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We’ve just recently covered some of Manfrotto’s new bag line. Over the last few weeks I had the chance to test Manfrotto’s new Backpack 30. Now, Manfrotto set out to reinvigorate its bag line with a much-needed new look and design. I must say I really warmed up to the charms of the design of what it has to offer.

Editor’s Note: This is a guest blog post by Matthew D’Alessio

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Review: Manfrotto Shoulder Bag 30

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If you ask anyone in the photo industry what Manfrotto is best known for, they’d probably tell you their tripods. That isn’t to say at all that they make awful bags though. Earlier in the year, we saw a couple of new bags from the company–and amongst the ones that we’ve been testing for a while is the Shoulder Bag 30. The 30 is a camera bag that is obviously meant to be a shoulder bag, but also meant to be placed somewhere in the middle. As the numbers get larger, so do the bags.

And even though we weren’t so sold on the 30 when we first got it in, we eventually warmed up to it. Now, we’re actually quite impressed with the way it works in real life.


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Review: Think Tank Turnstyle 20 Sling Bag

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Sling bags have begun to catch on with the world of schlepping photography gear from place to place in recent years. Cyclists and bike messengers have been using this style of bag for literally decades because of its simple and functional design with quick access to your cargo. Think Tank Photo, whom we all know well, is always cooking up new ideas for their product lines and recently launched a new series of sling-style bags (though Think Tank fans will note that this is not their first sling bag, the Sling-O-Matic series came first). The Turnstyle series is a new nimble and low-profile set of bags which you wear diagonally across your bag, or around your waist by attaching the strap to the included waist-pad tucked inside the back panel. Available in three distinct sizes (5/10/20) depending on the amount of gear you want to carry, there are plenty of choices with this new line. We had a chance to review the Turnstyle 20, so head on past the break for our full review.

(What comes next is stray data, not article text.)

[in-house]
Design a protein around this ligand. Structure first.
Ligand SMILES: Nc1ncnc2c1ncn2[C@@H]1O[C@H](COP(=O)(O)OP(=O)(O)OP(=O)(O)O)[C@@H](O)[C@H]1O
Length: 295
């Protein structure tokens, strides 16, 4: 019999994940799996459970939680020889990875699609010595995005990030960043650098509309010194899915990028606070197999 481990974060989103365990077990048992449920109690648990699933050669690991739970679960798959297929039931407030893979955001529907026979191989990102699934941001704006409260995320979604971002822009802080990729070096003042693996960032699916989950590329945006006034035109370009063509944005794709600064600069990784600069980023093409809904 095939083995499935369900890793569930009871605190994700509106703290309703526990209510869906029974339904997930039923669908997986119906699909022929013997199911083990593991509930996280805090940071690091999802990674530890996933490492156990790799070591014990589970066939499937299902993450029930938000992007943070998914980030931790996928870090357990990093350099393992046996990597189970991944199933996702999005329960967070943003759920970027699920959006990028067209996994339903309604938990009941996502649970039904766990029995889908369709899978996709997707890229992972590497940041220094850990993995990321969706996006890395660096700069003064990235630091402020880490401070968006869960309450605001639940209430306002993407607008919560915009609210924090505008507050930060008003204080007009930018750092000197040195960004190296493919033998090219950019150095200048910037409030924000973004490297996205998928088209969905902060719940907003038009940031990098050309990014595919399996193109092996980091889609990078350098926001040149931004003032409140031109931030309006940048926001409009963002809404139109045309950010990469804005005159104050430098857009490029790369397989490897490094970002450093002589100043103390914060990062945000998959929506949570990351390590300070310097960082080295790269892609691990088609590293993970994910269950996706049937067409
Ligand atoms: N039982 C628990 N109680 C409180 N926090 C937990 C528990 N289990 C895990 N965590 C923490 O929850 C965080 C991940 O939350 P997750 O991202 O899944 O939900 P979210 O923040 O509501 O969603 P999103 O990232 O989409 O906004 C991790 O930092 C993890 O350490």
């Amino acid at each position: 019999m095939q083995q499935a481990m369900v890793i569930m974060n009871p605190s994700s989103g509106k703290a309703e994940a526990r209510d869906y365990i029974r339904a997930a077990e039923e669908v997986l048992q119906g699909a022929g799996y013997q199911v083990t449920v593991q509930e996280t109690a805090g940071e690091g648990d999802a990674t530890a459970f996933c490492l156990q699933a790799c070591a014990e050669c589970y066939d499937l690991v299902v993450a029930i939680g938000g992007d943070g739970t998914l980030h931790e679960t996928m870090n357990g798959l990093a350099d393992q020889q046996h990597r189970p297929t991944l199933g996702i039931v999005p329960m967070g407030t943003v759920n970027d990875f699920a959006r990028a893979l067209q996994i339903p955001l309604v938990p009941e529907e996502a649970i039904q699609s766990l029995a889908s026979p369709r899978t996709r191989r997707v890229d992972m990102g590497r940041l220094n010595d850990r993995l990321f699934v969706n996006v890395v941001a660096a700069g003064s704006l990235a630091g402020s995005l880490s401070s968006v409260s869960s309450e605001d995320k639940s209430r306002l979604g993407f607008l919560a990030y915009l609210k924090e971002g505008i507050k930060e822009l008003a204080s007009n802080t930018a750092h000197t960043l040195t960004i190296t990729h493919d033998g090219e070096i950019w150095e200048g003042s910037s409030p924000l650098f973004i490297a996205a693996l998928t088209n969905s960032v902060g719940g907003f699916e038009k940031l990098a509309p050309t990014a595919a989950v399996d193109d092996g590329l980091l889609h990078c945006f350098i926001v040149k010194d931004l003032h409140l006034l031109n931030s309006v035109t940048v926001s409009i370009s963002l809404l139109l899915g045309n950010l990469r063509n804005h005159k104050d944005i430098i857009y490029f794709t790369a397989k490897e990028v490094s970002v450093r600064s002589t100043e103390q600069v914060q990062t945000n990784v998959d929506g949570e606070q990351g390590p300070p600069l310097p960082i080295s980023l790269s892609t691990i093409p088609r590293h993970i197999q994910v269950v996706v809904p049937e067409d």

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Review: Case Logic SLR Camera/Laptop Backpack

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The right camera bag isn’t always the easiest thing to find. Some prefer slings, others prefer pouches, and a good number prefer backpacks. I’m studying journalism, and a substantial amount of my coursework is reporting-intensive, meaning I have to go to locations to get the story. So, I need to comfortably carry both my camera kit and my laptop. Case Logic’s SLR Camera/Laptop Backpack arrived, and I found a solution to my academic and professional needs.

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Review: Think Tank Urban Disguise 50 v2

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There’s certainly no shortage these days of fashionable and comfortable laptop & camera combination bags, and Think Tank is no stranger to the genre. Their Urban Disguise and Retrospective laptop bags have been incredibly successful, and regarded as some of the finest camera bags available for those with the need to lug around their computer as well. I recently took a trip to Canada, and brought along my Urban Disguise 50 v2.0 to test out how well it would handle my vast number of gadgets, mirrorless camera gear, and the rigor of long distance air travel.